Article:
New California Carbon Reporting Requirements (SB253 - SB261)

New California Carbon Reporting Requirements (SB253 - SB261)

Feb 20, 2024

California recently passed new carbon reporting requirements for large companies doing business in the state. These rules will push companies into compliance with the Greenhouse Gas (GHG) Protocol (link) and help prepare California for future climate resilience. 

The regulations cover two aspects of the climate crisis. 

  • First, CA SB253 aims to track the emissions of the largest companies including their primary emissions (Scope 1 and 2) and emissions generated by their full supply chain (including Scope 3, e.g., smaller companies doing business with the largest companies). 

  • Second, CA SB261 requires these same large companies to report on their own climate insecurities. This second regulation will help investors, insurance companies, and regulators to understand the primary insecurities these companies will face in the coming decades.

Who must report?

Large companies, generating annual revenues greater than $1bn that do business in California must report on their carbon emissions to the state emissions board.  These companies are referred to as “reporting entities” and will include large retailers such as Walmart and Costco, large manufacturers such as P&G and L’Oreal, and large tech companies such as Apple and Google. 

When do companies start reporting and what must they report?

Starting in 2026, reporting entities must report their Scope 1 and Scope 2 emissions based on 2025 data. 

  • Scope 1 emissions are defined as those emissions generated directly from the business of the reporting entities. 

  • The report must include all Scope 1 emissions regardless of where the emissions are generated globally. 

  • Scope 2 emissions are defined as those generated by indirect activities, such as heating and cooling buildings or the electricity used within buildings. 

  • As with Scope 1 emissions, the Scope 2 emissions must be reported regardless of where the emissions are generated globally.

In 2027, reporting entities must also start reporting their Scope 3 emissions based on data from 2026. 

  • Scope 3 emissions include all indirect upstream and downstream emissions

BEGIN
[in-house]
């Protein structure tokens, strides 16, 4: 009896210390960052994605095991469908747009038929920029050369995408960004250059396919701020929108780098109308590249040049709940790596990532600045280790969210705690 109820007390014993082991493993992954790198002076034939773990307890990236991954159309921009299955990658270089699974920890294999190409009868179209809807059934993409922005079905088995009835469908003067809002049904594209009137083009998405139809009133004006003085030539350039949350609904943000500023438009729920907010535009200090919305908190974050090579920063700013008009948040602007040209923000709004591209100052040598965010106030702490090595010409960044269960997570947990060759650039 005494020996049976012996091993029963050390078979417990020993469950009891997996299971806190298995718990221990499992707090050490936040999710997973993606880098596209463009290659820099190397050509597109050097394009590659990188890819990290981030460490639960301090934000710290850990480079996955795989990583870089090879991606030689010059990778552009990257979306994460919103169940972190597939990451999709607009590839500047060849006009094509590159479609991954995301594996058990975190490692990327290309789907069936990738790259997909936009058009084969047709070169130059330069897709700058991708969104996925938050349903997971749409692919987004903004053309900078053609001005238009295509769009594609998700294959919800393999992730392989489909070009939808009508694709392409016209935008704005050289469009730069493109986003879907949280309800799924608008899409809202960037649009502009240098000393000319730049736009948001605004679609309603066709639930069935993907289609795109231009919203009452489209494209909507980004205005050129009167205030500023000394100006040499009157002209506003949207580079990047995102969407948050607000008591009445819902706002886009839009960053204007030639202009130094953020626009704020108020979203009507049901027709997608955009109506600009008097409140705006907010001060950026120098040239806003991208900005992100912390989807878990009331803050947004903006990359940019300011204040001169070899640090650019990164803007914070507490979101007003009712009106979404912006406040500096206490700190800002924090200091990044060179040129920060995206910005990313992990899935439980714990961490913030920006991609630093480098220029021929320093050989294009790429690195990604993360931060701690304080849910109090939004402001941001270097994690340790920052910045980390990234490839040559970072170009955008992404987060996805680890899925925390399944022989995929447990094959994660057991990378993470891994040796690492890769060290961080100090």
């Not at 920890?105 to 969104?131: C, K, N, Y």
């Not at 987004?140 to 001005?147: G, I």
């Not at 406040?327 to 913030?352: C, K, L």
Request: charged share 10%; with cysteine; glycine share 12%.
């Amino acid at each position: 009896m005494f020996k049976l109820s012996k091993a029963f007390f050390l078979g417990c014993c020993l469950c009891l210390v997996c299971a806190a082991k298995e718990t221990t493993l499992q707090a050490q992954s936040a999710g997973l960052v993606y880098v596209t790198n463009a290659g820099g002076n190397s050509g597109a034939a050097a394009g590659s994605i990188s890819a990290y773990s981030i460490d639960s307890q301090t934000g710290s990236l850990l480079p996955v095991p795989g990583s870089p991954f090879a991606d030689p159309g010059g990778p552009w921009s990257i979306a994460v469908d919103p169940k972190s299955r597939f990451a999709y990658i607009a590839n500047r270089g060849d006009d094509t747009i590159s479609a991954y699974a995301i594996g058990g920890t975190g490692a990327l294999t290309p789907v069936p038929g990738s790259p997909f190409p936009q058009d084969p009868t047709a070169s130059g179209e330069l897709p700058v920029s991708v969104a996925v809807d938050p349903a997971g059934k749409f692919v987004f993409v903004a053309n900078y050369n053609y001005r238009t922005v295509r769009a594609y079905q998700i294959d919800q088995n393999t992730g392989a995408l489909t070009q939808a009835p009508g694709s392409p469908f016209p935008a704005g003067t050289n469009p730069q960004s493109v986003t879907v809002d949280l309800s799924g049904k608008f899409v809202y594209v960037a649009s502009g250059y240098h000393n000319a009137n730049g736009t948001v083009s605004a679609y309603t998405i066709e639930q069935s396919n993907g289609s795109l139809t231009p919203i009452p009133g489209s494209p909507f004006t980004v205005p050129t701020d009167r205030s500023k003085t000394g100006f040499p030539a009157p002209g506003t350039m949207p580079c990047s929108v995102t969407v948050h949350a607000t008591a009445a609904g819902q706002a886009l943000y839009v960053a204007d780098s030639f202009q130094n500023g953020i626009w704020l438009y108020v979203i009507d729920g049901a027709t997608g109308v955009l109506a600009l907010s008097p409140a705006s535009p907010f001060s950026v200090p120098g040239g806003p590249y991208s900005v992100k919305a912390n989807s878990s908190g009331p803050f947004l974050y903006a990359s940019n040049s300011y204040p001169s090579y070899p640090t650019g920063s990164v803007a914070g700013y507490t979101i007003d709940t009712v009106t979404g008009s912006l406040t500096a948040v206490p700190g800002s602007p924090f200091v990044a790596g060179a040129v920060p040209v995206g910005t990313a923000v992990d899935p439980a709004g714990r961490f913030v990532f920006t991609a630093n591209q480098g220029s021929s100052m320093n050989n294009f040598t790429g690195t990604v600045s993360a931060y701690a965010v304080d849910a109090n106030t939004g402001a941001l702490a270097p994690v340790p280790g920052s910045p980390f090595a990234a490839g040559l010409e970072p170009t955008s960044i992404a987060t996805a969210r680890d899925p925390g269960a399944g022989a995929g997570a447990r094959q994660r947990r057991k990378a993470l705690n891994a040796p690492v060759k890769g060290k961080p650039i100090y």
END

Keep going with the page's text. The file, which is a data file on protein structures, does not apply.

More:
What are the penalties for non-compliance?

Penalties may be imposed for failure to report, for late reporting, or for other reporting inaccuracies. However, no penalties will be imposed for good faith efforts to report your Scope 3 emissions, and prior to 2030, the only penalty that can be imposed on Scope 3 reporting is for failure to report. When penalties are imposed, they can not exceed $500k in a calendar year.

If I am a smaller company what do I need to know?

Only the largest companies (annual revenue > $1B) doing business in California must report directly to the reporting agency. However, as part of their reporting, these large companies must make a good faith effort to report their Scope 3 emissions. That means that they must report on the products that they sell even if they did not directly manufacture those products.

If I am a smaller company that manufactures and sells products at Walmart or Costco, I will not have to report directly to the state. But retailers such as Costco and Walmart will need information on the carbon emissions of my products. So, I will almost certainly need to measure and and share my own carbon emissions.

How do I measure my carbon footprint?

For companies that manufacture and sell products, the bulk of their carbon footprint will be directly tied to the individual product footprints. Traditionally companies trying to measure the footprint of an individual product would contract out with a large consulting firm that would interview entities and gather data all along the supply chain. An individual product footprint might take 6 months and cost $50K or more. 

That traditional approach does not make sense in response to these new regulations where the footprints of millions of products will need to be measured in a relatively short period of time. Fortunately there are data driven approaches that can rapidly trace the supply chain and accurately estimate all phases of the product’s lifecycle. 

Fairglow (Fairglow.fr) is leading the way with data driven methods to rapidly measure the carbon footprint of cosmetics, personal care, and household products. Contact our team (quentin.carayon@fairglow.fr) to see what Fairglow can do for you and your carbon reporting needs. 

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